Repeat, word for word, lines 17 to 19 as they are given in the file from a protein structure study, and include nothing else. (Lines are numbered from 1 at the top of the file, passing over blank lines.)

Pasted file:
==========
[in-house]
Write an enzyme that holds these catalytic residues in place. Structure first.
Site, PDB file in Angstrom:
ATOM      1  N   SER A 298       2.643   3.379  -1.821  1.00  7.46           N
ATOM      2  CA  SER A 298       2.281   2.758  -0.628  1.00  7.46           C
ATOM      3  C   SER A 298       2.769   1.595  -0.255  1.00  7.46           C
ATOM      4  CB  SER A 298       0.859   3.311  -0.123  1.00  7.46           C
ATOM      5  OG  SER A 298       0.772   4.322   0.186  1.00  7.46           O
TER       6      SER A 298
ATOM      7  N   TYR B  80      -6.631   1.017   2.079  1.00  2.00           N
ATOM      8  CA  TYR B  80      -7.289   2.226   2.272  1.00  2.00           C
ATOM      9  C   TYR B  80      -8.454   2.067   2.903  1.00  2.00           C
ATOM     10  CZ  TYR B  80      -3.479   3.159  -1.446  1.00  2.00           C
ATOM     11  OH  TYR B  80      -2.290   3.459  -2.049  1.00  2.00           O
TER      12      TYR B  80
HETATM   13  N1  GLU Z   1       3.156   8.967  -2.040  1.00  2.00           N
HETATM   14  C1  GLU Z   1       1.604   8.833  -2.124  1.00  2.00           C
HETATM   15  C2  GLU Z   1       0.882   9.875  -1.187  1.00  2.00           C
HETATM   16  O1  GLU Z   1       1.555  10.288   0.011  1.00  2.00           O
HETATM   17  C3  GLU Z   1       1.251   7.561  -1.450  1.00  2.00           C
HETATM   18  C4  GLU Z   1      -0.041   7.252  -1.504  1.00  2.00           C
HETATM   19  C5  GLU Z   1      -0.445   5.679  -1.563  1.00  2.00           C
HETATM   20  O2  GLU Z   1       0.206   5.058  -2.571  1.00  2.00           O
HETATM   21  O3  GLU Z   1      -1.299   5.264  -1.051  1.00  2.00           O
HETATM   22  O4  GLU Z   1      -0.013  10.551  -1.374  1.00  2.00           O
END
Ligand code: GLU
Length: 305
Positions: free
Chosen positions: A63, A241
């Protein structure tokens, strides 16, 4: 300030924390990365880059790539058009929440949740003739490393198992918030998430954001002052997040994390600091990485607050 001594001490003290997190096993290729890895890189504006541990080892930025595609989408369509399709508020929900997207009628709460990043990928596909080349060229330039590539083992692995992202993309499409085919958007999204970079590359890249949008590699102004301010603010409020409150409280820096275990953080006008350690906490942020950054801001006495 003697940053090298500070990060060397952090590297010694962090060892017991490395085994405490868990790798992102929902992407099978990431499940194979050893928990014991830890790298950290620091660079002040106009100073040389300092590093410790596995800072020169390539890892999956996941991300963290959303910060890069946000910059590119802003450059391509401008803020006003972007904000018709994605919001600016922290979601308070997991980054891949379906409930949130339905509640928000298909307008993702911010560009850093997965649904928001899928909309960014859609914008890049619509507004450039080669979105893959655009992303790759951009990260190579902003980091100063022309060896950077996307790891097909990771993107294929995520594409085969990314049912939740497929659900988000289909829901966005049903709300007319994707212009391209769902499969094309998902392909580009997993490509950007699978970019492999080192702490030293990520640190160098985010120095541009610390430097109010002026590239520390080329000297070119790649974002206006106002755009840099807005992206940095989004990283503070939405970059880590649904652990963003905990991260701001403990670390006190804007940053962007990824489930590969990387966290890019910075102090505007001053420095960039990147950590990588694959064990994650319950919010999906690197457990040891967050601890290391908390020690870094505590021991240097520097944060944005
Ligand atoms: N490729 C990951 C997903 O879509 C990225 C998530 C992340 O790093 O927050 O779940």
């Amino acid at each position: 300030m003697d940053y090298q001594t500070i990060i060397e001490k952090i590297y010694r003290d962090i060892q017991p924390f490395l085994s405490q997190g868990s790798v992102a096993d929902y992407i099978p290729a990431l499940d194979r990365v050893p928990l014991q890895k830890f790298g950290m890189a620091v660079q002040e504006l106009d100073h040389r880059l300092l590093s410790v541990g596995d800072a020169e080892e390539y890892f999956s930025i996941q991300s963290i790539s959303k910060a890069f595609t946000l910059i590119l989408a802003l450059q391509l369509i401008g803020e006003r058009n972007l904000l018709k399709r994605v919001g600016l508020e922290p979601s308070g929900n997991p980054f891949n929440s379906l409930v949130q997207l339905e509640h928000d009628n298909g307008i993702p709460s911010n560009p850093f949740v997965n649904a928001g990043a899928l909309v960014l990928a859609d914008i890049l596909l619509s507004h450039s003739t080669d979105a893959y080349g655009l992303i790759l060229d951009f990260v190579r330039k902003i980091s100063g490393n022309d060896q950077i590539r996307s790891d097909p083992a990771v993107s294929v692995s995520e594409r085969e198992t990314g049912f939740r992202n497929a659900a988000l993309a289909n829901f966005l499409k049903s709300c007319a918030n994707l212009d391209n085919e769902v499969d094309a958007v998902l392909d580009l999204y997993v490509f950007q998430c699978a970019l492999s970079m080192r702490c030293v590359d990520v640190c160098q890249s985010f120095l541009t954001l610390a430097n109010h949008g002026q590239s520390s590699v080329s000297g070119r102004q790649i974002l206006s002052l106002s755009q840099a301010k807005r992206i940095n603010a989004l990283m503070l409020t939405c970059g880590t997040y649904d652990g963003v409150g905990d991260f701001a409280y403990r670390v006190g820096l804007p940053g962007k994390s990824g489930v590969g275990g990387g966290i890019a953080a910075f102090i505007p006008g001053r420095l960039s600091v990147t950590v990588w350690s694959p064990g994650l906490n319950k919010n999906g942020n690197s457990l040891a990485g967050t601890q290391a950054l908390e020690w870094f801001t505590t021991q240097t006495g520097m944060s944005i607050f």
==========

HETATM   14  C1  GLU Z   1       1.604   8.833  -2.124  1.00  2.00           C
HETATM   15  C2  GLU Z   1       0.882   9.875  -1.187  1.00  2.00           C
HETATM   16  O1  GLU Z   1       1.555  10.288   0.011  1.00  2.00           O